Lockhart Steele Fired From Vox Media

In what appears to be the first and probably not the last repercussion of last week’s Shitty Media Men list, and the larger floodgates of assault and harassment survivors speaking out against their attackers, Lockhart Steele, Vox Media’s Editorial Director and former Curbed CEO and founder, has been fired, effective immediately. Vox employees were alerted by a message in the company’s CEO AMA slack channel:

Hi team, I am writing to let you know that earlier this evening Lockhart Steele was terminated effective immediately. Lock admitted engaging in conduct that is inconsistent with our core values and will not be tolerated at Vox Media.

Our investigation into issues raised by a former employee in a post on Medium continues.  Anyone with information should contact our external investigation leads, [redacted].

Vox Media is committed to fostering a safe and welcoming community, and appreciates everyone who has been willing to speak up and share information during the course of this investigation.

Last week when the spreadsheet was still circulating, several women I know remarked at the lack of Vox representation on it, especially given the outsize number of Buzzfeed employees who were named. The aforementioned viral Medium post by Eden Rohatensky alleges misconduct by more than one Vox employee; one wonders how many more firings are yet to come. I would be remiss not to point out that Steele would likely have been leaving the company within a month anyhow; November 2017 marks four years from the sale of his Curbed properties (Curbed, Eater, Racked) to Vox for a reported $20-30 million. Looks like the golden handcuffs are off, one month early to boot. I’d be further remiss in not noting that Steele was also the editorial director of Gawker Media, which had its own notorious “problem with women”.

The newest, wokest media conglomerates on the block are no more immune to the same kinds of abuses of power and workplace sexual harassment that we’ve been reading and writing op-eds about for the past two weeks since the Harvey Weinstein bubble burst than any other old company made out of women and men behaving badly. What a world!


UPDATE: In a previously scheduled hour-plus-long company-wide all-hands call, CEO Jim Bankoff told his staff, “I can’t stress enough this is an ongoing investigation.” He continued, “Even though there’s been a termination, it’s not concluded. There are still people coming forward, and I want to encourage people have not come forward to do so as well.” Bankoff effectively confirmed that the VP in Eden Rohatensky’s Medium post was about Steele, and also suggested there is at least one more person being investigated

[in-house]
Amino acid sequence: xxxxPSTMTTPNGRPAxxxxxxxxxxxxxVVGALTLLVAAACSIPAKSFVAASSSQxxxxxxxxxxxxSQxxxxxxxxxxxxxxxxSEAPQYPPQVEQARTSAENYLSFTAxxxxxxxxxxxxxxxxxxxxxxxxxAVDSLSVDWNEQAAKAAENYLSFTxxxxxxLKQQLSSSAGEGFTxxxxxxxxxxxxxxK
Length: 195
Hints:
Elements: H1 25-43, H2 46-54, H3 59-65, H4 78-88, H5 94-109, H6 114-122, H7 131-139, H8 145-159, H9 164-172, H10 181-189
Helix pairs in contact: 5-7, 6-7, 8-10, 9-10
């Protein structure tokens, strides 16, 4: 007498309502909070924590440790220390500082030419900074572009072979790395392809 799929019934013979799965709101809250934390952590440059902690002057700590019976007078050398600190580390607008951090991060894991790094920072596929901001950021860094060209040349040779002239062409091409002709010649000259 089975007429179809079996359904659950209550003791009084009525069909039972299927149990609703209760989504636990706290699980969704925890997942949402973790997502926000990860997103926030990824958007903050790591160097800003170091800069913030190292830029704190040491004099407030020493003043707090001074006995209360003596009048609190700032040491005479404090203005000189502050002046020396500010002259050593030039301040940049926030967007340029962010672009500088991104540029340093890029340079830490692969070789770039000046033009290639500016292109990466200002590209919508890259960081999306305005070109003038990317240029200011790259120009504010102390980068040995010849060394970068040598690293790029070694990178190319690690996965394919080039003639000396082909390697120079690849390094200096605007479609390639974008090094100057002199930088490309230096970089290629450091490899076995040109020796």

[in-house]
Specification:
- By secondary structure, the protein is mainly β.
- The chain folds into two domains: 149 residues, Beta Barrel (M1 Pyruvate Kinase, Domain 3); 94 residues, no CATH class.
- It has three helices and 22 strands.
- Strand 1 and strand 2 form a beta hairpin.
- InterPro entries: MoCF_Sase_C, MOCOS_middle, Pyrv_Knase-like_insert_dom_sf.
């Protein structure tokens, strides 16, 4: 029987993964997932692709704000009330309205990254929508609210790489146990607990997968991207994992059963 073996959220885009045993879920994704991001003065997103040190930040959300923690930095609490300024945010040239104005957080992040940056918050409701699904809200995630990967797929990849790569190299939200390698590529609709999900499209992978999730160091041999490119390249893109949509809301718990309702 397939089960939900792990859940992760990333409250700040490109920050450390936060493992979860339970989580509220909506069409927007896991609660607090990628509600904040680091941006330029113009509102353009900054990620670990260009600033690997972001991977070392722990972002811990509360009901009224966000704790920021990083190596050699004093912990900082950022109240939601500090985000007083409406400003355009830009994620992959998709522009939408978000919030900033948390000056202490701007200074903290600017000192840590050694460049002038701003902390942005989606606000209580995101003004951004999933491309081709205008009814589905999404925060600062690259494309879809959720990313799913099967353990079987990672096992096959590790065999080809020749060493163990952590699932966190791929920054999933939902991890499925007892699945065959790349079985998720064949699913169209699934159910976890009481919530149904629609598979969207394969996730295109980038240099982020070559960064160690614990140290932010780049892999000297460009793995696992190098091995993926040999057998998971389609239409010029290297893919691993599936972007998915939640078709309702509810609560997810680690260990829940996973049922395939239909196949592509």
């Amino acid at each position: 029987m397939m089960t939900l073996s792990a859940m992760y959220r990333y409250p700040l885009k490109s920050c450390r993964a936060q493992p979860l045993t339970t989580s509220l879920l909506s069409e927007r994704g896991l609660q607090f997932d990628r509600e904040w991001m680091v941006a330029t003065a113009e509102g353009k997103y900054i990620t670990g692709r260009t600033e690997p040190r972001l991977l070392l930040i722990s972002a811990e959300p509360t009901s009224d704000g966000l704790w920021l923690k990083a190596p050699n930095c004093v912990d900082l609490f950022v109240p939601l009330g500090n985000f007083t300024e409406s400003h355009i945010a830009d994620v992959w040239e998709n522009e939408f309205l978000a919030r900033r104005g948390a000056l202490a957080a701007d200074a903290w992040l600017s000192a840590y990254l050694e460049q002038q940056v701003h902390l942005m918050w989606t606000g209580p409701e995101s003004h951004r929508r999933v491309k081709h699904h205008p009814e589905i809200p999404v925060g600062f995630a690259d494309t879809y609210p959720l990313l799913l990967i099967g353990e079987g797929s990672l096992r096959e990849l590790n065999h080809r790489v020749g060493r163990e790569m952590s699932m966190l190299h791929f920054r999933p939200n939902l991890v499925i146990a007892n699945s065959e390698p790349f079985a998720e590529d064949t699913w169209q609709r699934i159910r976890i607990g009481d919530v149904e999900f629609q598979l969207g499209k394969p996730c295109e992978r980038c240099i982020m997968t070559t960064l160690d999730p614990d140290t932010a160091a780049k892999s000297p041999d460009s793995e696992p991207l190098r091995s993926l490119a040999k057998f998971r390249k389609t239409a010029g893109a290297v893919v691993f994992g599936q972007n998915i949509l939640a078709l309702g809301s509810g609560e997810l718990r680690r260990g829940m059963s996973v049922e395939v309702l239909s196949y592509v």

The company is retaining the services of the law firm Gibson Dunn to run an external investigation, and Alexis Juneja, a Vice President at the company head of People & Culture, has been recused from the investigation due to her personal friendship with Steele. Bankoff also clarified that the company had not previously settled any harassment cases, and firmly insisted “unequivocally” that with any investigations that yield findings of misconduct, he would act swiftly to protect his employees. He brought this up as a proxy answer to the questions about “a previous investigation that was ignored” (per Rohatensky’s Medium post), which suggests the Medium post is the first Bankoff heard about it.

Towards the end of the call, COO Trei Brundrett “jumped on” the call to go over the company’s new Slack retention policy. He announced that all channels would now have deletion policies instated, per the following:

  • Public channels: 15 days
  • Announcement channels: 60 days
  • Open working channels: (can be left open)
  • Private channels: 60 days
  • Direct messages: 90 days

The new policy was supposed to have begun yesterday, but due to the ongoing investigations, the messages won’t begin deleting until Next Friday. Brundrett said this feature was requested by several teams so they could have open conversations in Slack, but then quickly doubled back to say, “this is not a cure-all for this…this does not fix everything, technology rarely does.”